Chicken Little Meets ICD-10
By Judy Sturgeon, CCS, CCDS
For The Record
Vol. 26 No. 6 P. 8
To anyone who believed the Centers for Medicare & Medicaid Services’ (CMS) repeated assurances that there would be no further delays in the ICD-10 implementation deadline, it’s time to find a new religion. In an unanticipated sneak attack, the CMS’ plans were set aside when the House of Representatives and then the Senate passed HR 4302, Protecting Access to the Medicare Act of 2014, on March 31. Appropriately enough, President Obama signed the legislation into law on April Fools’ Day.
The bill’s primary purpose was to create one more patch to the sustainable growth rate formula that repeatedly threatens to decimate Medicare’s physician payments. It left many in the HIM profession wondering exactly how the long-anticipated but never-realized transition from ICD-9 to ICD-10 fit into the equation. The answer to that question—despite no short supply of theories—may never be answered.
Where Do We Go From Here?
As of press time, it was all but official that October 1, 2015, would be the new ICD-10 implementation deadline. The bill states that “the Secretary of Health and Human Services may not, prior to October 1, 2015, adopt ICD-10 code sets as the standards for code sets.”
Even though the federal government has announced an updated true, final, absolute date, who can believe it? With this uncertainty creating great concern in the coding community, what are the health care professionals most affected by the change in code sets supposed to do now? Keep changing plans year after year? Keep spending money to retool software and reeducate staff time and again?
Veteran coders have been threatening to hang up their credentials rather than discard years of ICD-9 skill and start all over with no more knowledge of ICD-10 than novice coders. For those holding out until the last minute to retire, their clock is going to need at least another year’s worth of batteries. Those who already have called it a career may want to consider their retirement fund’s status and inquire whether their old position is still up for grabs.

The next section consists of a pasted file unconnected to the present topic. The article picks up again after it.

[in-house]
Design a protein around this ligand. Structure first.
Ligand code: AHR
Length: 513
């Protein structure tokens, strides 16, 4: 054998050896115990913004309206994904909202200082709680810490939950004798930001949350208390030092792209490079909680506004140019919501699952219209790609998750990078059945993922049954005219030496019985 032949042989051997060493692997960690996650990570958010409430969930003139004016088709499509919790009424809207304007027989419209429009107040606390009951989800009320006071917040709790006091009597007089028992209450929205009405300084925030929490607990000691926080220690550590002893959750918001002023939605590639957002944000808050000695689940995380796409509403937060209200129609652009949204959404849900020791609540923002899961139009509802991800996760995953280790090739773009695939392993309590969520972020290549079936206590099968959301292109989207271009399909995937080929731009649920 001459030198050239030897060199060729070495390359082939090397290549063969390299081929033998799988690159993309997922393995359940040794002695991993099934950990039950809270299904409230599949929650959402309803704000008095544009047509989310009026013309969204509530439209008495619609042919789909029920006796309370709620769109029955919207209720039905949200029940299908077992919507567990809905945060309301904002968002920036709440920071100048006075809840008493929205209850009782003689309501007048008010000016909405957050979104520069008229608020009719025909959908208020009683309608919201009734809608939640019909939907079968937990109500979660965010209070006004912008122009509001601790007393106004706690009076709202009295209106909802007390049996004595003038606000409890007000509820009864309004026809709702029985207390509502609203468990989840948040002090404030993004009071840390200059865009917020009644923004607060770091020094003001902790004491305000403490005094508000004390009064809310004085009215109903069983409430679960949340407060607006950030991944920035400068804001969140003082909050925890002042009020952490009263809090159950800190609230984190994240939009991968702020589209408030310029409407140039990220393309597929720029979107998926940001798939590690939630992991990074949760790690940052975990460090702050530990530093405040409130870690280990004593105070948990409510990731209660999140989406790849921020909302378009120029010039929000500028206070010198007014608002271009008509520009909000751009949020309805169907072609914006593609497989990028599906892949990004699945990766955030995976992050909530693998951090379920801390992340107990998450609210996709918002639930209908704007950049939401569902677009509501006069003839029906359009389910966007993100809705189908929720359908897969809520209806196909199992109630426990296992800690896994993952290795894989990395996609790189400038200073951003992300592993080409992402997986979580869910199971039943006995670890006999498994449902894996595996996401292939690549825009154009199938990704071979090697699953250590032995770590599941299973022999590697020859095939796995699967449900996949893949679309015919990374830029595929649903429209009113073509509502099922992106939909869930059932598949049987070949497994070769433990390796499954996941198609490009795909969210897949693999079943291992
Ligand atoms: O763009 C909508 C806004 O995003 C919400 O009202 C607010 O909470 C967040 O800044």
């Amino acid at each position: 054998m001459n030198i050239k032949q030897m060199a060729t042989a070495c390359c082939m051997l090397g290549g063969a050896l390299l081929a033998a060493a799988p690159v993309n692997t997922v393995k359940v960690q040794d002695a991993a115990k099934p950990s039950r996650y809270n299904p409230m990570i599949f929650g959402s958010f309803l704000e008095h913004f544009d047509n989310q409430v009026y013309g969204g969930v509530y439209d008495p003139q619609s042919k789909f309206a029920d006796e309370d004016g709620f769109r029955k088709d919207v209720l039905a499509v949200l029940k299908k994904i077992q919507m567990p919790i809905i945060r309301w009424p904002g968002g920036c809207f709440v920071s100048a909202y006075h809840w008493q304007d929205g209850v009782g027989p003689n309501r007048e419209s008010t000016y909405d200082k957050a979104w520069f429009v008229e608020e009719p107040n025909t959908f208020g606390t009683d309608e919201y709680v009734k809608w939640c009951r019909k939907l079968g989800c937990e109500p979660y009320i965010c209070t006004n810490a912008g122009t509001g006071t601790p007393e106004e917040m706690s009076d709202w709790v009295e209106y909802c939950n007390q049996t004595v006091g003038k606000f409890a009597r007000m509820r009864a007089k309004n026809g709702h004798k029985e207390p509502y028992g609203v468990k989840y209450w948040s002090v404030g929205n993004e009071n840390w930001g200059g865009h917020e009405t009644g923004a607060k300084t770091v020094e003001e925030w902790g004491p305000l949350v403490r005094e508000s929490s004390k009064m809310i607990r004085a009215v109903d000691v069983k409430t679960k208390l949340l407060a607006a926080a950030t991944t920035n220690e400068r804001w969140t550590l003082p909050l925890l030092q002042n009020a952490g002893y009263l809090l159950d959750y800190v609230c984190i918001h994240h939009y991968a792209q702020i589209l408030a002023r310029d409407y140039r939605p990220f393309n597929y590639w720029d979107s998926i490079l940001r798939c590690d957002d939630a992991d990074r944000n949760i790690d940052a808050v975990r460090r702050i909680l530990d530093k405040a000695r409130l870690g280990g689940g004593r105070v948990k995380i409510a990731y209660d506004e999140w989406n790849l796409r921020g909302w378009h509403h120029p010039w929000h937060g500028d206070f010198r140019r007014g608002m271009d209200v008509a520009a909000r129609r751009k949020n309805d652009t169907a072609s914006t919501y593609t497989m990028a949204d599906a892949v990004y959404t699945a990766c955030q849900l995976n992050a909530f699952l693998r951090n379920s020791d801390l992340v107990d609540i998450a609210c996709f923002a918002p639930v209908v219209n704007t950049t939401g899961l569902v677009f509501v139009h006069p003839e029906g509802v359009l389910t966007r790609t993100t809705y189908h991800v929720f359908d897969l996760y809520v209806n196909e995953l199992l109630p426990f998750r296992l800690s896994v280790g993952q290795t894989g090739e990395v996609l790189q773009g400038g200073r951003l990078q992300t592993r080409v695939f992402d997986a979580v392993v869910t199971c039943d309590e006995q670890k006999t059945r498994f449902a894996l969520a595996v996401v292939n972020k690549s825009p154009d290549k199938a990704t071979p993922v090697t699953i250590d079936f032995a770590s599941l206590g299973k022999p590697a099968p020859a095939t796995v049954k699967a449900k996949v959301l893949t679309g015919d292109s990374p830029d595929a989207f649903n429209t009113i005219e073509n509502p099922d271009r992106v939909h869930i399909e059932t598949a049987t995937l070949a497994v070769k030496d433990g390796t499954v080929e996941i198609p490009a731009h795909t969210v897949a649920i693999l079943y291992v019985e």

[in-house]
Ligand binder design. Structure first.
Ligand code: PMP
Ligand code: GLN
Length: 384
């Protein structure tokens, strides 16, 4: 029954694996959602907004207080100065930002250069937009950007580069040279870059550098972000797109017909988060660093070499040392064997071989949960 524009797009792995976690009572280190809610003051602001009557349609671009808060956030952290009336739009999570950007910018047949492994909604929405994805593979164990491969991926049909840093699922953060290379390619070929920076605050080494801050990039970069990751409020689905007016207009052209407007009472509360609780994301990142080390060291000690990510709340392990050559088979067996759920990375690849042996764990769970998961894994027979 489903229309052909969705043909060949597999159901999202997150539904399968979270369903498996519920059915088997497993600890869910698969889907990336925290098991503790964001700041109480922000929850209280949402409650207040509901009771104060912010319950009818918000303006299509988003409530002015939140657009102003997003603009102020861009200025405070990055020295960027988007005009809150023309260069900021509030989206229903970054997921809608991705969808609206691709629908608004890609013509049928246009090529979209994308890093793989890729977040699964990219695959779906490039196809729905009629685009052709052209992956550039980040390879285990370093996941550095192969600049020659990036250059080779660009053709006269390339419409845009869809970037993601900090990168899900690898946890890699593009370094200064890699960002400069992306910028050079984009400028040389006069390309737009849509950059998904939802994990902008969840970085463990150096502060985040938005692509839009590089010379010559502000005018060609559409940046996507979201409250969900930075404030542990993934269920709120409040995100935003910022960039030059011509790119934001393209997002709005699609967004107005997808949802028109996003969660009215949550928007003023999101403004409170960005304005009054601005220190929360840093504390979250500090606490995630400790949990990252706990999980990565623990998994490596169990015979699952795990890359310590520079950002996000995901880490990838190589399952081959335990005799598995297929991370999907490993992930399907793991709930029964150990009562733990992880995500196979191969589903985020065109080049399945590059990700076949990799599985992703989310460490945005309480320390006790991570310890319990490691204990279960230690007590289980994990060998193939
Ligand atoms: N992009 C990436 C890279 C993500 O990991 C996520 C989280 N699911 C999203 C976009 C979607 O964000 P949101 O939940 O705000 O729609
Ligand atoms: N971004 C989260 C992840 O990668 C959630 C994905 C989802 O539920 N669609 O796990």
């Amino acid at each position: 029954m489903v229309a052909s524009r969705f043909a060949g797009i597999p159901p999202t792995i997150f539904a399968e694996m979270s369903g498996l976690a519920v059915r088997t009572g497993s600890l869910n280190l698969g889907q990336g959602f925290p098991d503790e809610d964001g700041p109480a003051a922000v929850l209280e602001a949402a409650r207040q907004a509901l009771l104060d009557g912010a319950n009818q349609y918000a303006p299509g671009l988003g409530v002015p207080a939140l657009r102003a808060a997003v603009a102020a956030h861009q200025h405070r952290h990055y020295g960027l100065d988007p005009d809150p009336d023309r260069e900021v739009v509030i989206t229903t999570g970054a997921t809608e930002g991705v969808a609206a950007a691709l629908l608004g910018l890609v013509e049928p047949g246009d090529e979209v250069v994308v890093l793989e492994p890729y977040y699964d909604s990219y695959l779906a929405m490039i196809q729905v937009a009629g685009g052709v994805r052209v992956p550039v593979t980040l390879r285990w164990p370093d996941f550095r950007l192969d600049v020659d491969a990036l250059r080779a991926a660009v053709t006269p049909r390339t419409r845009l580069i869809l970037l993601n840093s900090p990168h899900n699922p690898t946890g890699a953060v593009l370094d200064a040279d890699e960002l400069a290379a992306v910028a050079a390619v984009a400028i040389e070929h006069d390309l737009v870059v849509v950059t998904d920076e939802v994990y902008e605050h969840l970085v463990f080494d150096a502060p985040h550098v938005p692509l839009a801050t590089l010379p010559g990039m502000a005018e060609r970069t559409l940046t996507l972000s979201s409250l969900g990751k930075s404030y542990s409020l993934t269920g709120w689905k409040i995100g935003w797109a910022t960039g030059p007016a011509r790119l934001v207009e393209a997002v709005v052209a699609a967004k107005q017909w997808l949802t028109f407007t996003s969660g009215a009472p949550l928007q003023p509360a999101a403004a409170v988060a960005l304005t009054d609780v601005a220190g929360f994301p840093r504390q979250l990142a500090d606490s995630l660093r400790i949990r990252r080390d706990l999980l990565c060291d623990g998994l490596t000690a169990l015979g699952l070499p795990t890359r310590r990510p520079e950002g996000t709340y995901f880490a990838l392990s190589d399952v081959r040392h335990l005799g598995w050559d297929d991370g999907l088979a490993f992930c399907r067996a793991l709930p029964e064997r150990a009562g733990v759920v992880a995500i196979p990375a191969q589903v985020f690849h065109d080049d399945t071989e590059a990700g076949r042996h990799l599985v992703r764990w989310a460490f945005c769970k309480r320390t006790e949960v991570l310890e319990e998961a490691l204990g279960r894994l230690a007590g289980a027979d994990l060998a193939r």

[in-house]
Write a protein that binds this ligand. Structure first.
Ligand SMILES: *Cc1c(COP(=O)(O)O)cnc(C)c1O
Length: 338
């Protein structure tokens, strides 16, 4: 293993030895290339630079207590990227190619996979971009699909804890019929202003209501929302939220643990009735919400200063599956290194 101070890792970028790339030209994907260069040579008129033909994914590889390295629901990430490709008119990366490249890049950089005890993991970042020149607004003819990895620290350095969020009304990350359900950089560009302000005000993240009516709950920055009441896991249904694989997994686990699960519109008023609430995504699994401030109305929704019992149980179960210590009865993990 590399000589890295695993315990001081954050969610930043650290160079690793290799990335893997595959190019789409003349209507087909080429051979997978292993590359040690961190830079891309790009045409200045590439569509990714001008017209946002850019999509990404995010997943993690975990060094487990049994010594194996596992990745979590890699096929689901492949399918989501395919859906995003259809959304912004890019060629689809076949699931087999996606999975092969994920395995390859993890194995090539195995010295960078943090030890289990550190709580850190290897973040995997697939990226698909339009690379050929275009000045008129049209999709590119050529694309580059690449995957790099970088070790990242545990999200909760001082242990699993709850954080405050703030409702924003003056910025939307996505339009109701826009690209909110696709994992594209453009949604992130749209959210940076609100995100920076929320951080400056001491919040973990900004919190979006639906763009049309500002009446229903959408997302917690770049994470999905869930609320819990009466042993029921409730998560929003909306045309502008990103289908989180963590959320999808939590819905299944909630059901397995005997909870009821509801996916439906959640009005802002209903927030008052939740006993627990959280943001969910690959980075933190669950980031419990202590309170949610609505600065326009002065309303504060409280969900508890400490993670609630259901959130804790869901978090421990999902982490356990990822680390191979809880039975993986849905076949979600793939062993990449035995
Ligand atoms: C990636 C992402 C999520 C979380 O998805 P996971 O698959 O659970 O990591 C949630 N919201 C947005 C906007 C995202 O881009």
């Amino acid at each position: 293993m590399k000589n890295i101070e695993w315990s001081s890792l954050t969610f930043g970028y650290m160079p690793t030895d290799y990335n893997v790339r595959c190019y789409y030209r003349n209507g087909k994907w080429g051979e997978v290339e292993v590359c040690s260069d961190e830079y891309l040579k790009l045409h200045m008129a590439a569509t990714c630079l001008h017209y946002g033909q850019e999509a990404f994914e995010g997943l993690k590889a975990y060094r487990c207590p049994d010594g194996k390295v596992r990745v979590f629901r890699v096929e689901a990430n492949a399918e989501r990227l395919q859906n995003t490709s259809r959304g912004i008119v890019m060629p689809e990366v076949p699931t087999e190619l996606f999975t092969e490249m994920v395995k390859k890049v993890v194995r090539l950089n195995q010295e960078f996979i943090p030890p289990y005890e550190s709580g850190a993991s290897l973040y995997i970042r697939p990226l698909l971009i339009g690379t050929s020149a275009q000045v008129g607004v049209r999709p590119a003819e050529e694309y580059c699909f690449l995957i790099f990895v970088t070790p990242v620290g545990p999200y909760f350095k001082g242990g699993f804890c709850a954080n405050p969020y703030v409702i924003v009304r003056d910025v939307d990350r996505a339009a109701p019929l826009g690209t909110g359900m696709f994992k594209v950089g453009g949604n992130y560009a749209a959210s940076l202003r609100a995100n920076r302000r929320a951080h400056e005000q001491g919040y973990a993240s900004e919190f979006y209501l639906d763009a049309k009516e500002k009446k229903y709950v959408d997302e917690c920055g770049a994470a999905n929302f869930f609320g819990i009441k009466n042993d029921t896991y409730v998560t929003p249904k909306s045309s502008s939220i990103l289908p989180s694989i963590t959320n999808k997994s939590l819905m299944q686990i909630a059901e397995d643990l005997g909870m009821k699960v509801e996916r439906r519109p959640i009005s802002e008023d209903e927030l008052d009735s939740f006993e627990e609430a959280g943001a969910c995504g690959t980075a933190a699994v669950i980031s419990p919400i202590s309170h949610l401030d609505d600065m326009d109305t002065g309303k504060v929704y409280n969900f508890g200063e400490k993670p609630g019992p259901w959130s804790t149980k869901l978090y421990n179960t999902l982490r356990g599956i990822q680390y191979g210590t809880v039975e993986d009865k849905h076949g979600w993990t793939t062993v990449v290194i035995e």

Unfortunately, that’s perhaps the simplest of scenarios. How many coding professionals have already changed careers and lost the skills necessary for an easy transition back to being a full-time ICD-9 coder?
There are coders who relied on the “absolute” transition date, who studied and achieved—at great expense—certification as an ICD-10 trainer. The career potential for these elite coding trainers was purported to be virtually unlimited. Now, if they haven’t already abandoned the new credential in disgust, they’re required to recertify at further expense on an annual basis. In addition, there’s even less assurance that they haven’t wasted time and large amounts of cash on what looks more like a mirage rather than a promising new career.
While job opportunities for trained ICD-10 coders have soared in all areas of the hospital, coders with only ICD-9 skills have seen their résumés moved to the bottom of the hiring stack. Do hospitals and contract agencies need to swap out their talent again? Having already spent money on ICD-10 training and suffered through productivity losses, many employers now must consider repeating the entire scenario, only this time the effort will be directed at ICD-9 training for new coders and physicians.